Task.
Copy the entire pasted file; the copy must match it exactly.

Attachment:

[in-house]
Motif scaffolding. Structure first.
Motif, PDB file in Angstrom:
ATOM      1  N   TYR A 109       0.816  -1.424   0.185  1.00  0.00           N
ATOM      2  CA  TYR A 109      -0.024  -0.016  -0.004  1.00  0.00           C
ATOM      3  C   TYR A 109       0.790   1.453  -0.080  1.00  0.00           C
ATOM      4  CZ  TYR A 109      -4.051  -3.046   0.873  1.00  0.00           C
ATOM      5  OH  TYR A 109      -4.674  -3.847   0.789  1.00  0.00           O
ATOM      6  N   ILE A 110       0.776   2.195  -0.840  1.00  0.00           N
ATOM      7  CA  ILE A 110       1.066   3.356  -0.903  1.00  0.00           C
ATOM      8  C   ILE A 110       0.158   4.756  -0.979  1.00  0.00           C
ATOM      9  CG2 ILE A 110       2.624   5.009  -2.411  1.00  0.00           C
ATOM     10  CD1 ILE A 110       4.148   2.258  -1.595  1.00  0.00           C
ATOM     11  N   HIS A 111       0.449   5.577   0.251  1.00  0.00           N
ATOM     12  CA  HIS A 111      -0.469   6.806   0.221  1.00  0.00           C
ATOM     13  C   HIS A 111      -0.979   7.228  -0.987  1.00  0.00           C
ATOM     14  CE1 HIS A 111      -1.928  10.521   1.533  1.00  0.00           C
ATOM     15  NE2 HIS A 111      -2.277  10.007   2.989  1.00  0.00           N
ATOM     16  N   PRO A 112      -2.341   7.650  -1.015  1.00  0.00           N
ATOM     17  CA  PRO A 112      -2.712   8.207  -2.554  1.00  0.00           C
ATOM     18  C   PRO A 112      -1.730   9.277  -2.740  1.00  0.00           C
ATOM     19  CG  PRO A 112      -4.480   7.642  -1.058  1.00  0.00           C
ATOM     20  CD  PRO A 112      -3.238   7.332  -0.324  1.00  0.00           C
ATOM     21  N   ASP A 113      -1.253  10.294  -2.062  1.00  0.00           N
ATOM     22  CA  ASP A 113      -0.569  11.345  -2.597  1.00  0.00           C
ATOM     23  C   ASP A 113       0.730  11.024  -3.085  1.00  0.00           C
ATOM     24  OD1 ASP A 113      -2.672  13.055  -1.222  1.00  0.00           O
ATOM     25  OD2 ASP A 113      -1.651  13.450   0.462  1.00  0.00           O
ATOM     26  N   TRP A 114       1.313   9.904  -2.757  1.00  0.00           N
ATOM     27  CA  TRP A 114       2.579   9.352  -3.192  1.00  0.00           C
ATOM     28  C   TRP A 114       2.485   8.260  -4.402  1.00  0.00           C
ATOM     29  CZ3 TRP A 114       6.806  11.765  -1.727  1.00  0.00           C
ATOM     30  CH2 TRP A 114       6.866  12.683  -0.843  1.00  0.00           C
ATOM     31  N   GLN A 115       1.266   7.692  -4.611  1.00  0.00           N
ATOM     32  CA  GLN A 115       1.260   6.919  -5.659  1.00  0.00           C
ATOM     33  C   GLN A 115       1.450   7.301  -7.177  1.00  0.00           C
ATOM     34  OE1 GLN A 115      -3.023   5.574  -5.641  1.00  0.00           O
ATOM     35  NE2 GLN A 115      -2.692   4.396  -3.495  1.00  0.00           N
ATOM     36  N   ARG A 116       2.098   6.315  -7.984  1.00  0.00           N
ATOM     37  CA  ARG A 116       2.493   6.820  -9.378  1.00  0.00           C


[in-house]
Motif scaffolding. Structure first.
Motif, PDB file in Angstrom:
ATOM      1  N   TYR A 109       0.816  -1.424   0.185  1.00  0.00           N
ATOM      2  CA  TYR A 109      -0.024  -0.016  -0.004  1.00  0.00           C
ATOM      3  C   TYR A 109       0.790   1.453  -0.080  1.00  0.00           C
ATOM      4  CZ  TYR A 109      -4.051  -3.046   0.873  1.00  0.00           C
ATOM      5  OH  TYR A 109      -4.674  -3.847   0.789  1.00  0.00           O
ATOM      6  N   ILE A 110       0.776   2.195  -0.840  1.00  0.00           N
ATOM      7  CA  ILE A 110       1.066   3.356  -0.903  1.00  0.00           C
ATOM      8  C   ILE A 110       0.158   4.756  -0.979  1.00  0.00           C
ATOM      9  CG2 ILE A 110       2.624   5.009  -2.411  1.00  0.00           C
ATOM     10  CD1 ILE A 110       4.148   2.258  -1.595  1.00  0.00           C
ATOM     11  N   HIS A 111       0.449   5.577   0.251  1.00  0.00           N
ATOM     12  CA  HIS A 111      -0.469   6.806   0.221  1.00  0.00           C
ATOM     13  C   HIS A 111      -0.979   7.228  -0.987  1.00  0.00           C
ATOM     14  CE1 HIS A 111      -1.928  10.521   1.533  1.00  0.00           C
ATOM     15  NE2 HIS A 111      -2.277  10.007   2.989  1.00  0.00           N
ATOM     16  N   PRO A 112      -2.341   7.650  -1.015  1.00  0.00           N
ATOM     17  CA  PRO A 112      -2.712   8.207  -2.554  1.00  0.00           C
ATOM     18  C   PRO A 112      -1.730   9.277  -2.740  1.00  0.00           C
ATOM     19  CG  PRO A 112      -4.480   7.642  -1.058  1.00  0.00           C
ATOM     20  CD  PRO A 112      -3.238   7.332  -0.324  1.00  0.00           C
ATOM     21  N   ASP A 113      -1.253  10.294  -2.062  1.00  0.00           N
ATOM     22  CA  ASP A 113      -0.569  11.345  -2.597  1.00  0.00           C
ATOM     23  C   ASP A 113       0.730  11.024  -3.085  1.00  0.00           C
ATOM     24  OD1 ASP A 113      -2.672  13.055  -1.222  1.00  0.00           O
ATOM     25  OD2 ASP A 113      -1.651  13.450   0.462  1.00  0.00           O
ATOM     26  N   TRP A 114       1.313   9.904  -2.757  1.00  0.00           N
ATOM     27  CA  TRP A 114       2.579   9.352  -3.192  1.00  0.00           C
ATOM     28  C   TRP A 114       2.485   8.260  -4.402  1.00  0.00           C
ATOM     29  CZ3 TRP A 114       6.806  11.765  -1.727  1.00  0.00           C
ATOM     30  CH2 TRP A 114       6.866  12.683  -0.843  1.00  0.00           C
ATOM     31  N   GLN A 115       1.266   7.692  -4.611  1.00  0.00           N
ATOM     32  CA  GLN A 115       1.260   6.919  -5.659  1.00  0.00           C
ATOM     33  C   GLN A 115       1.450   7.301  -7.177  1.00  0.00           C
ATOM     34  OE1 GLN A 115      -3.023   5.574  -5.641  1.00  0.00           O
ATOM     35  NE2 GLN A 115      -2.692   4.396  -3.495  1.00  0.00           N
ATOM     36  N   ARG A 116       2.098   6.315  -7.984  1.00  0.00           N
ATOM     37  CA  ARG A 116       2.493   6.820  -9.378  1.00  0.00           C